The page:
“I am the Lord your God, who brought you out of Egypt, out of the land of slavery.” (Exodus 20:2 NIV)
Since the Ten Commandments provide a vision for what a healthy life in relationship with God and with the community would look like, as opposed to the toxic life in Egypt, we could say they are describing what the Hebrew people were saved for.
This is vitally important for us. After all, we are not only saved from, we are also saved for. Saved from sin and brokenness, and saved for wholeness, healthiness, and authentic connection to God. Saved for a daily walk with Jesus and an eternity in his wonderful presence.
It turns out that saved from is like the door to a house and saved for is the vast interior of the house itself. The door is incredibly important, but only a fool would think it was the whole house. Life in Christ with God is what we are saved for. And we are saved from our sin and brokenness so that we may enter into the “whole house” of a life in God.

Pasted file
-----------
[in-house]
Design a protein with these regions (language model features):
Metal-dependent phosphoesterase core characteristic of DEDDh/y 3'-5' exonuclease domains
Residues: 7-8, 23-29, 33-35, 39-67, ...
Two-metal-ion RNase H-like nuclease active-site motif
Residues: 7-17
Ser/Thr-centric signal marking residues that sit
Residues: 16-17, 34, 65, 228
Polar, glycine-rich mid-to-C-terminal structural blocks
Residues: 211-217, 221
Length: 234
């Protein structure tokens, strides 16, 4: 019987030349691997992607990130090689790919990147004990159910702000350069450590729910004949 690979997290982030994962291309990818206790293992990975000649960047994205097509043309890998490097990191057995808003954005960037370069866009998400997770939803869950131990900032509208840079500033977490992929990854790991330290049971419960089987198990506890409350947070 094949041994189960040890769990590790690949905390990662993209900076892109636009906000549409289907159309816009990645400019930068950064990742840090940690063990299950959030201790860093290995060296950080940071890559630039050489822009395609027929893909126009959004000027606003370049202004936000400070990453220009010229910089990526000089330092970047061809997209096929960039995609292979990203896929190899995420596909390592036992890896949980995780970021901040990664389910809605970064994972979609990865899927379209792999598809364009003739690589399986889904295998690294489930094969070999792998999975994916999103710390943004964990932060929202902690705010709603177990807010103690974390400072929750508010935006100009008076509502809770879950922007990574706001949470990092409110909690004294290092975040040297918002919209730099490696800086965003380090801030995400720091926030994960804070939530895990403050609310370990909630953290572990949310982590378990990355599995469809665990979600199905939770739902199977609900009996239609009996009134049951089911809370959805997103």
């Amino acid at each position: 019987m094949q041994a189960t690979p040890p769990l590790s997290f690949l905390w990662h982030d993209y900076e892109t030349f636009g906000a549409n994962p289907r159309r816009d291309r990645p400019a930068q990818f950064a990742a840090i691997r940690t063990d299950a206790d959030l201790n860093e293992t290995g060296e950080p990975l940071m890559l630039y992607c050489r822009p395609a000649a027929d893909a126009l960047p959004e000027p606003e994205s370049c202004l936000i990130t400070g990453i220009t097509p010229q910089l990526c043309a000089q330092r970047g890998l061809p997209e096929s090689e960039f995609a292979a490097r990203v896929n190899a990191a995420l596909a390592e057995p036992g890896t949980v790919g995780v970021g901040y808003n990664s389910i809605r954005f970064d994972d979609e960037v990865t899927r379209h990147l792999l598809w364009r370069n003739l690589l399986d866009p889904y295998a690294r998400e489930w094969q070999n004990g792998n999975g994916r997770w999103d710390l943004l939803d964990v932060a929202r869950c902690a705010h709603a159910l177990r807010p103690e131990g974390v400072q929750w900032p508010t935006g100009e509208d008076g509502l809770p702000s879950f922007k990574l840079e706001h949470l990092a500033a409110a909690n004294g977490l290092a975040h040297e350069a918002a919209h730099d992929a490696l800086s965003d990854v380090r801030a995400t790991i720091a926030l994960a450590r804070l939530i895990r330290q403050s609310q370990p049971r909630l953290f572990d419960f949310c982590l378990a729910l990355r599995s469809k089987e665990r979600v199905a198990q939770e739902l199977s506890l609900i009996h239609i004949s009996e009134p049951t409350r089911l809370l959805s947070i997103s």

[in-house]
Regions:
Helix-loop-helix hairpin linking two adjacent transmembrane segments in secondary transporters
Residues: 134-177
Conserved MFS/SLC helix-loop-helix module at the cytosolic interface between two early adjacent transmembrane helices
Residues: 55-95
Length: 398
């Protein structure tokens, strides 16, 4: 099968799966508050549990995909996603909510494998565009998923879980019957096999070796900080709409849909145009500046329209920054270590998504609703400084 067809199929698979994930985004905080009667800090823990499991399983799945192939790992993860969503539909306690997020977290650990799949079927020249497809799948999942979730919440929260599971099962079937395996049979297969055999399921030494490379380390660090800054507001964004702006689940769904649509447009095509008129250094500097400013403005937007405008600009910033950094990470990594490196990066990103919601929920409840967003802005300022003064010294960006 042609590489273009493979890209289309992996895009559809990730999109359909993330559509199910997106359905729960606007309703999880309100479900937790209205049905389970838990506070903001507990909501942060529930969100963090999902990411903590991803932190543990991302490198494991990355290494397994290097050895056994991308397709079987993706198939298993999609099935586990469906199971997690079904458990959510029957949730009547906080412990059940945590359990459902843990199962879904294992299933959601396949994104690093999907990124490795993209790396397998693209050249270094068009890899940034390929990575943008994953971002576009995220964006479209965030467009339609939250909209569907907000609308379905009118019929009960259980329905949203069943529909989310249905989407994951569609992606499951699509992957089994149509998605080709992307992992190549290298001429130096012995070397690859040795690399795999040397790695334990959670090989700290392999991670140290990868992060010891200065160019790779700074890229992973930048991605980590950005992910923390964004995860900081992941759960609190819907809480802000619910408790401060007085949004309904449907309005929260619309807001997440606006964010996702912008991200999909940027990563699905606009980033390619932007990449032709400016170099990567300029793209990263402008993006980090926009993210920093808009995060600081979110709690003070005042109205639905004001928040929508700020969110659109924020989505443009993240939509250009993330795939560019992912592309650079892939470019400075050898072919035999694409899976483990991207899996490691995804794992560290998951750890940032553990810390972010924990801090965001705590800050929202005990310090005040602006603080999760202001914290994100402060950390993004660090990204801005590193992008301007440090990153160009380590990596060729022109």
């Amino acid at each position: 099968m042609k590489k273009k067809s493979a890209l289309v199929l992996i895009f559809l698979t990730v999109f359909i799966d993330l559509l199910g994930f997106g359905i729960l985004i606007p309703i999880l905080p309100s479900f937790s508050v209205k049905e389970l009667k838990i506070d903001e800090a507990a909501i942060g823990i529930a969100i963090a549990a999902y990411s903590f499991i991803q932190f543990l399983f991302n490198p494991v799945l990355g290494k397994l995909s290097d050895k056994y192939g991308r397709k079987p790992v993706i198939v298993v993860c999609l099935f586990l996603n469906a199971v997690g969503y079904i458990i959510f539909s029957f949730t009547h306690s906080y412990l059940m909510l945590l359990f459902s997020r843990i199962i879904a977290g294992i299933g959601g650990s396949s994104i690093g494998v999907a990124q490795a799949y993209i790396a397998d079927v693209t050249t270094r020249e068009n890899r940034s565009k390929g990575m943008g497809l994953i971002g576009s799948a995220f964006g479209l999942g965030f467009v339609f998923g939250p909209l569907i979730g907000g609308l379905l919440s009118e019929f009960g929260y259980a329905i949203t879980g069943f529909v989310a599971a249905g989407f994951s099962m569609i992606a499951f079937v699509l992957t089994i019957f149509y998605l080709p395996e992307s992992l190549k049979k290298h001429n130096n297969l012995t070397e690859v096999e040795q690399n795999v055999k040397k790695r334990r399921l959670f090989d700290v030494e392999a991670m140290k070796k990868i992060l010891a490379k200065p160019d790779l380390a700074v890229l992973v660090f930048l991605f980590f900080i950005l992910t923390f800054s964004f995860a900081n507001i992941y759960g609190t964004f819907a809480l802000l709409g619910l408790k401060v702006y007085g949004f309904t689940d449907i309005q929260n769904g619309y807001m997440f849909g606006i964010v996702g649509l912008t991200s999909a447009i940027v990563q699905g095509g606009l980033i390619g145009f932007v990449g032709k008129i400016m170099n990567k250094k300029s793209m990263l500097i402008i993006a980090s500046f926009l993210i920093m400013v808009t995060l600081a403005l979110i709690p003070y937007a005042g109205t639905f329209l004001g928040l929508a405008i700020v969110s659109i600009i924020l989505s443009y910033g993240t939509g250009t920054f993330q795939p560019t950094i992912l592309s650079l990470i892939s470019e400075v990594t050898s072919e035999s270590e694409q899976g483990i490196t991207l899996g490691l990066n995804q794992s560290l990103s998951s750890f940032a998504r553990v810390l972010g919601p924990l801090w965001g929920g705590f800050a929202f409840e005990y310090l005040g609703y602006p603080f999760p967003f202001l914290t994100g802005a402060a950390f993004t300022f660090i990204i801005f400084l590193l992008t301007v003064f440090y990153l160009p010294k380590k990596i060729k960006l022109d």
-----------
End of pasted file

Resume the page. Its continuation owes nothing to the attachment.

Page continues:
That said, what we are saved for follows what we are saved from. And, as the Ten Commandments begin with a restatement of who God is and what he has saved the Israelites from, it is appropriate to restate and remember what we have been saved from. This helps us remember the mercy and grace of God and keeps us rooted in profound gratitude.
So, if you were to paraphrase the verse above in order to remember God’s grace in your life, how would it read?
“I am the Lord you God, who brought you out of…”
Pause and prayerfully complete that line now. What life did God deliver you from? It need not be long, but make it personal.
Prayer: God, thank you for saving me from my sin, brokenness, and baggage. Keep me rooted in gratitude. And thank you for saving me for a daily walk with Christ, my life-giving Lord. Amen.